Thursday, 31 January 2008

Thank you, John and Elizabeth Edwards, for Focusing on What Matters

“We, as citizens and as a government, have a moral responsibility to each other, and what we do together matters. We must do better, if we want to live up to the great promise of this country that we all love so much.”

That’s the way John Edwards started his speech yesterday withdrawing from the US presidential race. “Thank you,” his website says today.

But I think the one who deserves thanks is John Edwards. As an example of tenacity in the service of principle, he has few current equals in public life. As an example of a couple that has emerged stronger from more than the usual travails of life, he and his wife Elizabeth have none.

Without Edwards around the discourse of both Hillary Clinton and Barack Obama would have skittered off into irrelevancies and clouds of fine words. He kept them focused on issues, which as Paul Krugman said on Monday, was his “great contribution to this campaign.” He added: “What the Democrats should do is get back to talking about issues…and about who is best prepared to push their agenda forward.

As Hansard—the official record of the Canadian House of Commons--would put it: Some honourable members: “Hear, hear.”


A Red Mind in a Blue State said...

What does the end of poverty look like?

John Edwards concluded his Presidential campaign yesterday, but not before securing pledges from Obama and Clinton that they would make the ending of poverty central to their presidential campaigns.

Regardless the road we choose to take, be it a conservative path or a liberal one-- at what point will we consider people out of poverty? Can somebody tell me. Not platitudes like "when every person is living in dignity and without fear" or some other claptrap. I can't measure that, and unless we figure out how to achieve some communistic land of perfection, where everyone is robotically equal, we will always have different strata in society. The poor will always be with us.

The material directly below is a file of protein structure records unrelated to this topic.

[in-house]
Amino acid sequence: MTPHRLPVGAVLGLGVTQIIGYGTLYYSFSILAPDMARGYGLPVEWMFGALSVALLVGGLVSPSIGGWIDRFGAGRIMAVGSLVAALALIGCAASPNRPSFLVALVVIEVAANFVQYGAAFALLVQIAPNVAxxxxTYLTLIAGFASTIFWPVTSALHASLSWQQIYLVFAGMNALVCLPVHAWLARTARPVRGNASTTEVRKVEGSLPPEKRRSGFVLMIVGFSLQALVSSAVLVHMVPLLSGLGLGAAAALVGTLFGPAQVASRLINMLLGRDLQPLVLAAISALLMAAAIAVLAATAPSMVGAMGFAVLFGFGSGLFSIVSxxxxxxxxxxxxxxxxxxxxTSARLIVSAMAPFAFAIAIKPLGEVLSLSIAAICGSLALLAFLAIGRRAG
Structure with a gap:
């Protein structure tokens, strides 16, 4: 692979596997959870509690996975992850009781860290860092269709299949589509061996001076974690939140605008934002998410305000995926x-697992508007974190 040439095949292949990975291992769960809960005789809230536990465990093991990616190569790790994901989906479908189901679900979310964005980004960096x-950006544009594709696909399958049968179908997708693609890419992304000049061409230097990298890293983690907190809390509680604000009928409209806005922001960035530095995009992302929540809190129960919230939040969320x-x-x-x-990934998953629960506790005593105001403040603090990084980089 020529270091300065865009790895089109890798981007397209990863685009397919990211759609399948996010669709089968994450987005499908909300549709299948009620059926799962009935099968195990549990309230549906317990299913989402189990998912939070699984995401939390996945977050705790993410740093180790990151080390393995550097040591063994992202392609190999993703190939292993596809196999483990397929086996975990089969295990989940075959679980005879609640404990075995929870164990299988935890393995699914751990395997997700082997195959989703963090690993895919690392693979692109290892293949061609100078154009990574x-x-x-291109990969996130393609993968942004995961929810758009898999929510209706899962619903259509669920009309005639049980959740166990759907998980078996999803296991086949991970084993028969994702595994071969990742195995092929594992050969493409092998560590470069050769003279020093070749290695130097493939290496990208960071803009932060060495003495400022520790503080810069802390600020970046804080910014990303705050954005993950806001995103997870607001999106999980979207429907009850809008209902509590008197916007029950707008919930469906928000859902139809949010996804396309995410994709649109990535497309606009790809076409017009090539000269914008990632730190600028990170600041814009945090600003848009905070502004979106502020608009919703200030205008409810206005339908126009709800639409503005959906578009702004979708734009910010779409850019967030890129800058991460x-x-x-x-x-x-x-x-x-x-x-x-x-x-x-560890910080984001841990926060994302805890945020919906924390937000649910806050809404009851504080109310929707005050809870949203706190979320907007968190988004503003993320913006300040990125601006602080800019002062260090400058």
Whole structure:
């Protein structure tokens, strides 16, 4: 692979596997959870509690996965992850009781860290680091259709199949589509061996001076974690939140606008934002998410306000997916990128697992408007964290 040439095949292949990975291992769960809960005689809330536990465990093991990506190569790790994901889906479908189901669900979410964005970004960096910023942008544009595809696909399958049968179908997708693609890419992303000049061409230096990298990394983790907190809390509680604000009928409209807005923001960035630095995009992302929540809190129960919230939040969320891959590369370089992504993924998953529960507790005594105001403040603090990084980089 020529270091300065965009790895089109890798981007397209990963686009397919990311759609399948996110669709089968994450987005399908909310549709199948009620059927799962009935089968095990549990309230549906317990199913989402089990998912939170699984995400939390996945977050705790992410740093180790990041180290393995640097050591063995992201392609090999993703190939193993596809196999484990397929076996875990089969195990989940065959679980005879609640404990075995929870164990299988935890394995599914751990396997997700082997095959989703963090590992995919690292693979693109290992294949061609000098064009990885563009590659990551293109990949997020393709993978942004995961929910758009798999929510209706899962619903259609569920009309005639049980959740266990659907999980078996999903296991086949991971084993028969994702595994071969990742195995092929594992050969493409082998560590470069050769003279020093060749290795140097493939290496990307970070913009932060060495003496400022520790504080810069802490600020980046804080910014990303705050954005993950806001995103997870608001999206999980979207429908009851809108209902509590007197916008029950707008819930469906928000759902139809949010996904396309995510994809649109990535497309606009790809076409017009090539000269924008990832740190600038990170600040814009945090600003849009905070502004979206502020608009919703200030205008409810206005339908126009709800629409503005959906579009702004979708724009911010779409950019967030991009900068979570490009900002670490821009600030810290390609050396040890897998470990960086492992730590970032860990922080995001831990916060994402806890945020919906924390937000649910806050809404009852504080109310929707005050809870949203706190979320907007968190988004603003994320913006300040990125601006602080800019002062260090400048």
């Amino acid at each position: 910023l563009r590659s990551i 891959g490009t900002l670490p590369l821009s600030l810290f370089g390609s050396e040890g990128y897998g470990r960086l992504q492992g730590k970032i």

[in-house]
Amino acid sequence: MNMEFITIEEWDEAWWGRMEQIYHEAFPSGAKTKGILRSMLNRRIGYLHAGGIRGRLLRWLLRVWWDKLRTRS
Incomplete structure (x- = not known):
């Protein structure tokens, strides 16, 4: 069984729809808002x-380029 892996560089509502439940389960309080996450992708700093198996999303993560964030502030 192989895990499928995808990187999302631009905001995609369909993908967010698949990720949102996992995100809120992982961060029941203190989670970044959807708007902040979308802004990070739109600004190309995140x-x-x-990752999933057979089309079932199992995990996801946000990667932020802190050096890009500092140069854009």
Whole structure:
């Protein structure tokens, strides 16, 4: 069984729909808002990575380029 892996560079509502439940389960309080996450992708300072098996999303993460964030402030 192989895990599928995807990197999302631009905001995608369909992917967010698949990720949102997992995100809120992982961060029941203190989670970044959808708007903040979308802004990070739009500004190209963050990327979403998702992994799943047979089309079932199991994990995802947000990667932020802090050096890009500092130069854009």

So, please somebody tell me-- What does the end of poverty look like?

Martin Langeland said...

When everyone has food sufficient in easy reach to avoid malnutrition and nutritional deficiency based illnesses; When every one has adequate shelter to temper the storms and other vagaries of weather; When everyone receives the medical care they need readily; when opportunities to learn are available to all who pursue them; when useful work is available to all who seek it; when the work of homemakers and caretakers is honored and valued as much as the work of factory or office hands and they all can hold their own in society compared with factory owners; Then a society might meet to discuss their position. Have they ended poverty? Or not? I think they have if they maintain a free vote to to change their society as their experience and intelligence prompt.
The outline of a free society without poverty is not hard to see. If one looks. Unless it is imperative to one's position not to see.

Martin Langeland said...

Another thought: If we achieve the material ends I mentioned in my previous comment, then, perhaps, we might better understand that the poor we have always with us are the poor in spirit -- not the poverty stricken in a world of plenty.

Mary Soderstrom said...

Excellent comments, Martin.

As for Red Mind in a Blue State, I suggest he (or she) read The Conscience of a Liberal by Paul Krugman, which outlines the ways in which the US has become more unequal in the last 30 years. This is a situation that must be addressed without getting caught up in rhetoric.